Lake Titikaka is full of artificial islands. They are also called the floating islands. They are different from those artificial islands formed by land reclamation. The local people used totora leaves as the foundation and then built the houses on top of those leaves. The foundation was as deep as 12 feet. The locals invited us to their homes, let us try their traditional clothes and took pictures with them (all these were for tourists). Then they tried to sell us their tapestry. I felt really sorry that I couldn’t buy anything from them because I really didn’t want to carry them for 4-5 months. It added to the weight of my backpack. One thing bad about long term backpacking is you can’t buy too many things no matter how much you love them (but it trains your self-discipline and self-control). I bought a pendant from her because it was small. She obviously wasn’t happy. But that was all I could do. I understood her family relied on tourism but… sorry.
The tour guide said to me, ‘this place is very nice, very quiet.’ Yes. I liked it too. On my way down to the pier from the town centre which was at the top of a hill, I sat down to enjoy the sun, the singing of the birds and the breeze. When I arrived at the pier, I sat down again to enjoy the landscape of the lake. The water was crystal clear. The guide said that in the past, there was a lot of trout but because of the pollution in Puno, we could not find them around Puno anymore. That’s sad.
People on the island according to the tour guide could be from Ecuador or the mountain but no one was sure.
I went back to town and found that there was actually a church very close to my hostel so I went in. They were having a mass. It was St. Francis’s church again. After the mass, a little girl gave me a card printed with Virgin Mary. I kept it with care.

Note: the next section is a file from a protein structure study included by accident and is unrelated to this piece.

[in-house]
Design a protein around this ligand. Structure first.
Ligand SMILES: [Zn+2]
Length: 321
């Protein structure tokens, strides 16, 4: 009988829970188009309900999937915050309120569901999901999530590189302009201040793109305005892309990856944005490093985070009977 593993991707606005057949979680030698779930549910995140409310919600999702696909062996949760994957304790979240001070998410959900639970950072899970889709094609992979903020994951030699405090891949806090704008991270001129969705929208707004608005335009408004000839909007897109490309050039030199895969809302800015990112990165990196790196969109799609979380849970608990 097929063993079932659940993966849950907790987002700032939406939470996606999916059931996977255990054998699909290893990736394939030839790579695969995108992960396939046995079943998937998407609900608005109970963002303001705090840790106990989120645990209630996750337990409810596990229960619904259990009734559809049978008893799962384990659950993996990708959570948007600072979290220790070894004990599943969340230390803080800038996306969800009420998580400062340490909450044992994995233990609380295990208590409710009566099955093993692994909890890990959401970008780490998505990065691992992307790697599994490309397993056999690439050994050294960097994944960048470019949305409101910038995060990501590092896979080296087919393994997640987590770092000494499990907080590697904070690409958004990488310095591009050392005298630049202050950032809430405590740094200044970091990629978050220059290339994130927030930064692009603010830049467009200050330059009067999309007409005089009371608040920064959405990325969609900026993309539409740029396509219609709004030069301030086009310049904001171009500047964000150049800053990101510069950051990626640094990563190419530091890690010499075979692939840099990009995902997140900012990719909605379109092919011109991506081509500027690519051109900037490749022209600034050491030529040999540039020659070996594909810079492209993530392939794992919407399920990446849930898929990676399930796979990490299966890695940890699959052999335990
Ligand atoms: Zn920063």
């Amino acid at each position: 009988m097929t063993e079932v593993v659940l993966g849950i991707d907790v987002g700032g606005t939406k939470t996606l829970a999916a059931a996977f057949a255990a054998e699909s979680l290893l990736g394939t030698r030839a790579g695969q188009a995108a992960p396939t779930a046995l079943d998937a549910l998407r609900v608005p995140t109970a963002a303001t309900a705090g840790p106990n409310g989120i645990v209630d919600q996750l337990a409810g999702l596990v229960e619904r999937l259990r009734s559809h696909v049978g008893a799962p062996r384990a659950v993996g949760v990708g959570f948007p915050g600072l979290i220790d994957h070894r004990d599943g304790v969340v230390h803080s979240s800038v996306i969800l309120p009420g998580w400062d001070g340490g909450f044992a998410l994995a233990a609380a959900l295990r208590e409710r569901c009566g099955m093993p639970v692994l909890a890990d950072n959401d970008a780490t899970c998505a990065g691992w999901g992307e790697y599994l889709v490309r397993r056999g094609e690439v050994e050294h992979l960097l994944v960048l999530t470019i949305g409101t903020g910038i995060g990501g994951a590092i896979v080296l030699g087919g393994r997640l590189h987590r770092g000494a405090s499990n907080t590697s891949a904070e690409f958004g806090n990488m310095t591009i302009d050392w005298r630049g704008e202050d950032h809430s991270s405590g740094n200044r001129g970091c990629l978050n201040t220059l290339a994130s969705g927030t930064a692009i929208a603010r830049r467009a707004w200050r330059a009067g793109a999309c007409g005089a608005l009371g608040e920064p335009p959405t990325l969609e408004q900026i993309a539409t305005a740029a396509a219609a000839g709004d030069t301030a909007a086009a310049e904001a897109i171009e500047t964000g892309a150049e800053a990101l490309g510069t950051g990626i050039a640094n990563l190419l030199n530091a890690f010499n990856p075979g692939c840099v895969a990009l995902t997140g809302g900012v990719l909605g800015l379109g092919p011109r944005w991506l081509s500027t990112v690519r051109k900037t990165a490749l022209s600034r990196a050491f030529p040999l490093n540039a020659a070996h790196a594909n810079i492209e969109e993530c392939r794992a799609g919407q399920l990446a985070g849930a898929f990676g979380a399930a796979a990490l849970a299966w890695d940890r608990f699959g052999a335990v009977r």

Dinner time. I found a fast food restaurant beside a supermarket. Perfect! The food looked quite Chinese but not really Chinese. They sold fried rice which they called ‘chaufa’. I thought it would be a safe choice but I was wrong. I didn’t expect a simple dish like that could taste so terrible. I felt sad for the ingredients and the farmers. While I was mourning, 3 travellers came in.
They started talking and I immediately could tell they were from my hometown. I started to chat with them and exchanged some travel ideas while I continued to eat. Some of them went to order food. Once they started speaking in a foreign language, I realised my Spanish wasn’t that bad at all. At least, my pronunciation was correct. I could pronounce the words correctly but I didn’t understand the meaning. (I was exposed to a few foreign languages when I was a teenager and one of them was Spanish so the pronunciation wasn’t foreign to me.) But the thing that shocked me was their manner.
Because of their poor language skill, the restaurant staff misunderstood their orders and served them the wrong dish. They argued with the staff – one using poor Spanish and the other in his own language. The staff apparently didn’t understand them. Then they took their backpacks away and left. Of course, they didn’t pay for the food.
For the whole time, I didn’t say anything. I didn’t want to have anything to do with them at all. They had no manners. It was their own fault in the first place. I could order my food. There was a menu with pictures in the restaurant. I didn’t know Spanish too.
I was just shocked.
When I left, I paid for the terribly cooked fried rice that I had just eaten. The staff smiled to me with appreciation. I felt really bad. I smiled back.
Manners maketh man.
I went back to the hostel and got things ready for tomorrow.
8 December 2012
Merry Christmas to all of you. It is 25 December 2021 today! 😊
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